Martin Cribbs, Vice President, Brand Management for Beanstalk,  a global brand extension licensing agency.adds, “Dead celebrities are often nostalgic for people and that nostalgia plays at our heartstrings, elicit memories, and emotions.  They’re often symbolic – their legacy stands for something – and it’s easy for consumers to grasp that subliminal, but clear-cut, messaging.”

Referring to them as “timeliness icons” versus “dead celebrities,” Tamra Knepfer, Senior Vice President, Branded Entertainment Network, a company that connects global brands to consumers through the power of popular entertainment explains that these famous people lie on in the hearts and souls of their fans that continue to resonate long after they have passed. “Beyond continuing to consume their music or other art forms, when utilizing icons as brands and tapping into the qualities that make them so special with thoughtful marketing partnerships and merchandise licensing, their equity can be very valuable.  As a marketer, icons are often simply well-known brands that do not require ongoing marketing support to stay popular and relevant to consumers.”

A Wealth Of Licensing Opportunities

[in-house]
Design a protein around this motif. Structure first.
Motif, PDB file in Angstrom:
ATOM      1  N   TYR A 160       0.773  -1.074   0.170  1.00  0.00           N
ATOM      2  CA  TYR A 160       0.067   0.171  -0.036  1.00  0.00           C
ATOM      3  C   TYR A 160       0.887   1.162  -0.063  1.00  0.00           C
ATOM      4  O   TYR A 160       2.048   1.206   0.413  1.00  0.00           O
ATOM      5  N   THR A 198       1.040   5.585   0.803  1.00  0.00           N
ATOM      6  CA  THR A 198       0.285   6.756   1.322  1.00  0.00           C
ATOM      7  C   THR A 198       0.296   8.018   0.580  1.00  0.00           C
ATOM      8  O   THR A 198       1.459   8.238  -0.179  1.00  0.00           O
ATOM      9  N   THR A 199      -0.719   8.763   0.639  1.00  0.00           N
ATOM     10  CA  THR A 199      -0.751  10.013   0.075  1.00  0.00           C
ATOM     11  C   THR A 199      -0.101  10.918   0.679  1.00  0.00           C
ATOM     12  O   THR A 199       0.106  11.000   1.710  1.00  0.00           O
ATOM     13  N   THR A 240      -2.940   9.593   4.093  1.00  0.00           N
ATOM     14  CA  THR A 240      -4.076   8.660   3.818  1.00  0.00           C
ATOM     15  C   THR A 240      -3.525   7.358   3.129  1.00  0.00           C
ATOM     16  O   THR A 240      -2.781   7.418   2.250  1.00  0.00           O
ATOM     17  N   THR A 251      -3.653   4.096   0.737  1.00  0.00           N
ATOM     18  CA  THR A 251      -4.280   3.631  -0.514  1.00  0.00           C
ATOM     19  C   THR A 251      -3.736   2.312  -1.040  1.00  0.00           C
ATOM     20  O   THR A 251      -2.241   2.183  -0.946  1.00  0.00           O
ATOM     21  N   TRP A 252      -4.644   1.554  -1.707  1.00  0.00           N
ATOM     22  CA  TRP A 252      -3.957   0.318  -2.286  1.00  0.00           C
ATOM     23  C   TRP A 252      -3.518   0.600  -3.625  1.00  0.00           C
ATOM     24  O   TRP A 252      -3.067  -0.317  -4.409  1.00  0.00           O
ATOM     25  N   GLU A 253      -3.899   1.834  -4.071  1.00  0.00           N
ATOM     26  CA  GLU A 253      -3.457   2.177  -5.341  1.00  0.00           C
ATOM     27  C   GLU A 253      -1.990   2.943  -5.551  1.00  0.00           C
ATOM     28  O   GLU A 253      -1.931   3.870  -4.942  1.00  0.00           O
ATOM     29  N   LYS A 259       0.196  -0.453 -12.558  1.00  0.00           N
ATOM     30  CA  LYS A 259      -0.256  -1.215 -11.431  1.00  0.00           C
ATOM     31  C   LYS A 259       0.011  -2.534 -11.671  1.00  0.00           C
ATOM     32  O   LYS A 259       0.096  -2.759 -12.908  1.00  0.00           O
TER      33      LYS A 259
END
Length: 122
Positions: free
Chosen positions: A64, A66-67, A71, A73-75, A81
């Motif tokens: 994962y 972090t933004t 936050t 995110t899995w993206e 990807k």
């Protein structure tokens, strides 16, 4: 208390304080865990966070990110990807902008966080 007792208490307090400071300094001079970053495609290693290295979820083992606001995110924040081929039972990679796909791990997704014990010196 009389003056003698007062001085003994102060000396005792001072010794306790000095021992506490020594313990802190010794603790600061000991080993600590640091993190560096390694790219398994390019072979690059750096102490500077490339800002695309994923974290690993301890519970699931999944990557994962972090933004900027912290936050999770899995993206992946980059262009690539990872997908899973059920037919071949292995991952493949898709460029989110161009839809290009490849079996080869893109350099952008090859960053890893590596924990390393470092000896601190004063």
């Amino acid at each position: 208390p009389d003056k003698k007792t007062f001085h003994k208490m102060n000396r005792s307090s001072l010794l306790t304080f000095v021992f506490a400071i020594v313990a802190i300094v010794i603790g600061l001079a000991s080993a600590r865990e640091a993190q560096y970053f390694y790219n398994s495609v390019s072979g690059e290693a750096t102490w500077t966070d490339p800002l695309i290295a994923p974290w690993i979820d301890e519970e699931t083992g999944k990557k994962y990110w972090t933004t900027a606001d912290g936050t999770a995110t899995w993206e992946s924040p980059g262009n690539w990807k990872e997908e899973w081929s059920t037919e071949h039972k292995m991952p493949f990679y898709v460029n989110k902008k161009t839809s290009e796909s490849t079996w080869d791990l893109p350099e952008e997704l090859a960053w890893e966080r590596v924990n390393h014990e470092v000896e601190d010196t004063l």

From T-shirts and calendars to restaurants and high-tech, it is difficult to find a category that has not tapped into the equity of an icon to build its brand. Knepfer explains, “Recently, we licensed Albert Einstein with Salesforce who is using “Einstein” as a name for their AI platform, including a cartoon drawing of Einstein himself.  White Diamonds by Elizabeth Taylor continues to be a popular perfume while Michael Jackson’s show in Las Vegas, which included a hologram performance of Michael himself, proved that there is in fact life after death for many celebrities.”

Jonathan Faber, Founder, Luminary Group, LLC, a full–service licensing, consulting, and intellectual property management company adds, “We license Babe Ruth and Vince Lombardi often with our partners at MLB, the New York Yankees, and the NFL and Green Bay Packers, including stadium signage, promotions, etc.  Copasetic has a line of Babe Ruth apparel under their Roots of Fight brand that are selling great while Under Armour has a Jesse Owens shoe and apparel line.”